The way you start the morning can have a big impact on the rest of your day. If you begin every day feeling harried and rushed instead of productive and streamlined, it may be time to revamp your morning routine. Start by getting into action with simple activities like taking a walk, going to the gym, or practicing an invigorating morning exercise, such as tai chi or yoga. These activities can help you feel focused and ready to meet the challenges of your day. Be sure to power up with a healthy breakfast to give your body the fuel it needs.
One great way to start your new morning routine is by taking a few quiet moments after you wake up to focus your positive energy for the day. You can achieve this through meditation, thinking positive thoughts, doing affirmations, or practicing visualization exercises, says Valencia Porter, MD, MPH, director of women’s health at the Chopra Center for Wellbeing, in Carlsbad, Calif. Studies have shown that regular meditation may lower blood pressure, boost the immune system, and help relieve stress and fatigue.
Eating a good breakfast is an essential part of a morning routine. “It’s important to break the fast,” says Dr. Porter. “When you skip breakfast, your body says, ‘Okay, I need to conserve energy.’ Then your metabolism slows down and you have less energy throughout the day.” Some people may need more calories for breakfast than others, but the most important thing to remember is that everyone should eat something, adds Porter. An example of a healthy breakfast is oatmeal sprinkled with cinnamon and almonds, yogurt and berries, and a cup of tea.
It’s important to have a morning routine — and to follow through with it — so you can streamline your schedule, says Jodie Watson, organization expert for TLC Real Simple Real Life and founder and president of Supreme Organization, a professional organizing service in Sherman Oaks, Calif. What you do and when you do it doesn’t matter as much as saving time by having your routine already planned out. “Do the same things in the same order at the same time each day,” says Watson. “Try out a morning routine for a few days to see what works best for you.”
Yoga is an ideal morning exercise and it can play a vital part in energizing your morning routine. Yoga can improve flexibility, posture, balance, muscle tone, and endurance. Yoga also has mind-body-soul benefits, providing an emotional as well as a physical lift. Doing yoga in the morning can give you a feeling of tranquility, boost your energy levels, and raise your spirits for the rest of the day, all while giving you a full-body stretch.
Walking can be an excellent component of a morning routine, and it’s even better if you can walk outside, says Porter: “Nature has a wonderful vital energy that we can benefit from. The plants are giving off oxygen. Plus we get a little bit of vitamin D, which is important for bone health and the immune system, and it may even help fight cancer and heart disease.” Another benefit of getting some sunshine is that sunlight helps regulate the pineal gland, which releases melatonin and helps us sleep better at night, adds Porter.
If you don’t have access to green scenery, or if you just want to mix things up a little, then hit the gym as part of your morning routine. Morning exercise can give you the energy surge you need for the rest of your day. “Exercise boosts energy levels and endorphins,” says Porter. “It can jump-start your metabolism and get your blood and circulation flowing so that you have more energy for the day.”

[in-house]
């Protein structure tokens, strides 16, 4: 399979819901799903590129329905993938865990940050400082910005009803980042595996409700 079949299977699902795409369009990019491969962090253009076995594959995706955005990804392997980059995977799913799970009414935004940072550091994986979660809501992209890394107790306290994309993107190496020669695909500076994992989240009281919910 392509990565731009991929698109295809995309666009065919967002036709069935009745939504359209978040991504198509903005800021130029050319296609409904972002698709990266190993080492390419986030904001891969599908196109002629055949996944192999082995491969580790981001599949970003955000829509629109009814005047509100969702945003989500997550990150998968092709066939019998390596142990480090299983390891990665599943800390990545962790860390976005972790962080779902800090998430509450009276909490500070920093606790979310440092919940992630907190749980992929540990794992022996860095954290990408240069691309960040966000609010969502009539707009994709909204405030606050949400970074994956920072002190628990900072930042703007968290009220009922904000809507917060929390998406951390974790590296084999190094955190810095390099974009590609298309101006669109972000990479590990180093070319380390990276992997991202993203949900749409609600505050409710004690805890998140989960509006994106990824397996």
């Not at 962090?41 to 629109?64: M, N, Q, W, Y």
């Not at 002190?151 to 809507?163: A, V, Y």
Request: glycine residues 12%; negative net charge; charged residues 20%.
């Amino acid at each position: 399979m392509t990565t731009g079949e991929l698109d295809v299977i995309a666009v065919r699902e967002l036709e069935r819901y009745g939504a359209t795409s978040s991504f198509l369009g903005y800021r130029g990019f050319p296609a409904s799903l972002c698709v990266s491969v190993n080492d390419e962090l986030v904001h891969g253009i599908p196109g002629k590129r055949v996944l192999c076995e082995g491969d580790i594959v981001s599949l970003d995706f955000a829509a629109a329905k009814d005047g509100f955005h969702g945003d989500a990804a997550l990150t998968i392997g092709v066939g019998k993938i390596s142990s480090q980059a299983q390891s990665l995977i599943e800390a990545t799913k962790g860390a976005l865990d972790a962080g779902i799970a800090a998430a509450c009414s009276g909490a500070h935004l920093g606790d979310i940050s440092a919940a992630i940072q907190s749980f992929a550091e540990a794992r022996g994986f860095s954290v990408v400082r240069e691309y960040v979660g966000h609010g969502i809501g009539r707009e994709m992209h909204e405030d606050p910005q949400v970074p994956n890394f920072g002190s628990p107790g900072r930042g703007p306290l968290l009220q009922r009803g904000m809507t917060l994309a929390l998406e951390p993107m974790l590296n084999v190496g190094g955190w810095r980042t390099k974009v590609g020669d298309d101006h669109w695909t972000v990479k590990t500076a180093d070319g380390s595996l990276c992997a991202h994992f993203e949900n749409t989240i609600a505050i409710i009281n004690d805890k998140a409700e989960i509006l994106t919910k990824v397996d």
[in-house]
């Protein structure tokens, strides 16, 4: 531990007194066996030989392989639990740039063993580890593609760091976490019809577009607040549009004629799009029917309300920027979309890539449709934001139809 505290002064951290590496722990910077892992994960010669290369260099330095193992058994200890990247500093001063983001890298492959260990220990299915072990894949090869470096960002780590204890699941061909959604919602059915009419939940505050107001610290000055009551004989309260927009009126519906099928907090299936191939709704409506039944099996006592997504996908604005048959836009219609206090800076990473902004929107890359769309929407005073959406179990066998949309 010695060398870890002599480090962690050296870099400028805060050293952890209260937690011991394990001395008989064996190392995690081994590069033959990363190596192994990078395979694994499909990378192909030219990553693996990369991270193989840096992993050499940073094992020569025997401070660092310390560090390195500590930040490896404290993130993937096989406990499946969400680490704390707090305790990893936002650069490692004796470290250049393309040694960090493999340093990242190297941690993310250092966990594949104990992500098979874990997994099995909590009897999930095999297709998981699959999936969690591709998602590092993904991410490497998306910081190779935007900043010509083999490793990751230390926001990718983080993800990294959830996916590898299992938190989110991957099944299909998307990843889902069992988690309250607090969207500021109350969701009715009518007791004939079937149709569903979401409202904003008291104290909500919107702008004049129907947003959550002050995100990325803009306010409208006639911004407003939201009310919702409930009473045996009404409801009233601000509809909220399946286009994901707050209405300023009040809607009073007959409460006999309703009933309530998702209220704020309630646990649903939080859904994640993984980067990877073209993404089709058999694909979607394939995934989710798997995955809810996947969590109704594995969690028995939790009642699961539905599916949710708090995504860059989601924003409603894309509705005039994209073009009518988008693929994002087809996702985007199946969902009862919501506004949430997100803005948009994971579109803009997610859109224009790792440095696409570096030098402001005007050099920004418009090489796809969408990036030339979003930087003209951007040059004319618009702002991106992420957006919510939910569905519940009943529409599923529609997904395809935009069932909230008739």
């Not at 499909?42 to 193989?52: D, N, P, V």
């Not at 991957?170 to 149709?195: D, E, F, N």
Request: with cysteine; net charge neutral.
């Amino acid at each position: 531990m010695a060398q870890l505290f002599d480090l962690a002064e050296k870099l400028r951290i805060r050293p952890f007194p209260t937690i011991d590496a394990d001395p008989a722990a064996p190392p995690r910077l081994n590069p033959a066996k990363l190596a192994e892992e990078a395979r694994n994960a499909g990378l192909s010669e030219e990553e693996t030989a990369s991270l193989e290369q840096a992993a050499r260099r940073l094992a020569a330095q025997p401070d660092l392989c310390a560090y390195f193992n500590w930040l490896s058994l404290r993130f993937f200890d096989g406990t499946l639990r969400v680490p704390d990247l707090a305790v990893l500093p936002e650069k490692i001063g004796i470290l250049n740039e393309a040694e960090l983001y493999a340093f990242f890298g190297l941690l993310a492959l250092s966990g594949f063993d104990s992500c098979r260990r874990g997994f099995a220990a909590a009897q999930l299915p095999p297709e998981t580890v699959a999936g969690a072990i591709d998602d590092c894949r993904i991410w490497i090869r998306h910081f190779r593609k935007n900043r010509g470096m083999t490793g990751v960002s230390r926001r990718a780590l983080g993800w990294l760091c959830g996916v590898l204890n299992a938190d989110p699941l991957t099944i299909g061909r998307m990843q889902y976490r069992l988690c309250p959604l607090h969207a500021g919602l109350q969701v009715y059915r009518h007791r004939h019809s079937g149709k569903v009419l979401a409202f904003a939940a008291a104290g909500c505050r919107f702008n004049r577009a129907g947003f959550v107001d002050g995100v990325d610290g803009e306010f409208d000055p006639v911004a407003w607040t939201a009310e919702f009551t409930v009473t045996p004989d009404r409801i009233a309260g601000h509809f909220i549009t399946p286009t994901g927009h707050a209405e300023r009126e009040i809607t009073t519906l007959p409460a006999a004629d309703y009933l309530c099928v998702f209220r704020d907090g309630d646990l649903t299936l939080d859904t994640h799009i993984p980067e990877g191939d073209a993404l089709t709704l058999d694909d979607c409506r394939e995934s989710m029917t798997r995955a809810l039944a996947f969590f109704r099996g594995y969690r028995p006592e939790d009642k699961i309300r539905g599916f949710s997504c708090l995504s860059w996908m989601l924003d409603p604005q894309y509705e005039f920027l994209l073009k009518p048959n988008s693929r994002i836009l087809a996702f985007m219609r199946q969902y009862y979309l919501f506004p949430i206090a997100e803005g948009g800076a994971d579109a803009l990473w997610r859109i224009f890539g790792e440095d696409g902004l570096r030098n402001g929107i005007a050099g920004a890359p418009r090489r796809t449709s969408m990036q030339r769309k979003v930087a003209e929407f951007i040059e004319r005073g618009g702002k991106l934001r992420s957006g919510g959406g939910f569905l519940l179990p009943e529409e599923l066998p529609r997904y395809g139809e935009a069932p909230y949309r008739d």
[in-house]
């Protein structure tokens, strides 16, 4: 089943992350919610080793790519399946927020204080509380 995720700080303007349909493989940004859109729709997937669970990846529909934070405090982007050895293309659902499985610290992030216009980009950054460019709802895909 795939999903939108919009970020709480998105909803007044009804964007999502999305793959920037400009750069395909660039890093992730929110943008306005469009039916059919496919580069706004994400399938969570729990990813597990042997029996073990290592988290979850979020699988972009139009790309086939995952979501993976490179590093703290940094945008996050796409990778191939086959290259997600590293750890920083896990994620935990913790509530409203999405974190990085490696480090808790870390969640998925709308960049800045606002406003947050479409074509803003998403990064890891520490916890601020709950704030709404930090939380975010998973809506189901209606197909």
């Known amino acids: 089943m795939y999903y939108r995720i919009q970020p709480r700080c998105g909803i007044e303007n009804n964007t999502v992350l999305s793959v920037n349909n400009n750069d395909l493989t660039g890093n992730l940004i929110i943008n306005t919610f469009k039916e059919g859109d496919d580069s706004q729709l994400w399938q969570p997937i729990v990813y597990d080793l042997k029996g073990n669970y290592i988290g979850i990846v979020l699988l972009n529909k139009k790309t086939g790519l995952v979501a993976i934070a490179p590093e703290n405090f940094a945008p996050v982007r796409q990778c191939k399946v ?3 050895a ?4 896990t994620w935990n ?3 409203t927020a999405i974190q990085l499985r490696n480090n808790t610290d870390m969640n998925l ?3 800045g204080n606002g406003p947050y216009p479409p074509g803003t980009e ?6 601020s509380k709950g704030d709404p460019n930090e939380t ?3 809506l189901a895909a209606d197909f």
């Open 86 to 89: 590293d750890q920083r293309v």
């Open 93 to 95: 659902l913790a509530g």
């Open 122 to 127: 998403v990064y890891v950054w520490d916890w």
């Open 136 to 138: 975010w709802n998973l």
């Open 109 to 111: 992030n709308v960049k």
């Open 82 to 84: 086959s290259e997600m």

Taking a few minutes to write in a journal is an excellent way to get in touch with yourself. “Before the hustle and bustle of the day begins, you can sit with a cup of coffee or tea and slow things down,” says Watson. “Journaling can help you off-load so that you’re ready for the day.” Porter echoes: “Journaling is a great way to focus on yourself. It’s a good self-awareness tool that can help you focus on areas that need work.”
Listening to some music can add an invigorating dimension to your morning routine. Sounds can affect our mood and our body. When we listen to a beautiful song or the sounds of nature — a babbling brook or ocean waves — our bodies produce chemicals that can boost our moods. “The type of music depends on what you need and prefer,” says Porter. “If you’re stressed out about something at work, then soothing music might be good. If you want an energy boost and love rock ’n roll, then that might be better for you.”
List making is a good organizational strategy. Make a list as part of your morning routine or as a bedtime ritual the night before. “When you make a list of the things you’ll do the next day, such as going to the gym, attending a business meeting, and meeting a friend for dinner in the evening, you’ll be clear about at least 80 percent of your day,” says Watson. Knowing what to expect can help you hit the ground running when the sun comes up.
Ideally your morning routine will start the night before. “Before you go to bed, straighten up — do the dishes, finish up that day to the best of your ability so that you’re ready for the next day,” says Watson. Lay out your clothes — the complete outfit including shoes, purse, and jewelry, suggests Watson. If you have children, help them pick out their clothes for the next day. Pack lunches and set out the dishes for breakfast. Put all essentials you’ll need for the next day, such as your briefcase, library books, or dry cleaning to be dropped off, by the door. Now get a good night’s sleep, knowing you already have a head start on the brand new day.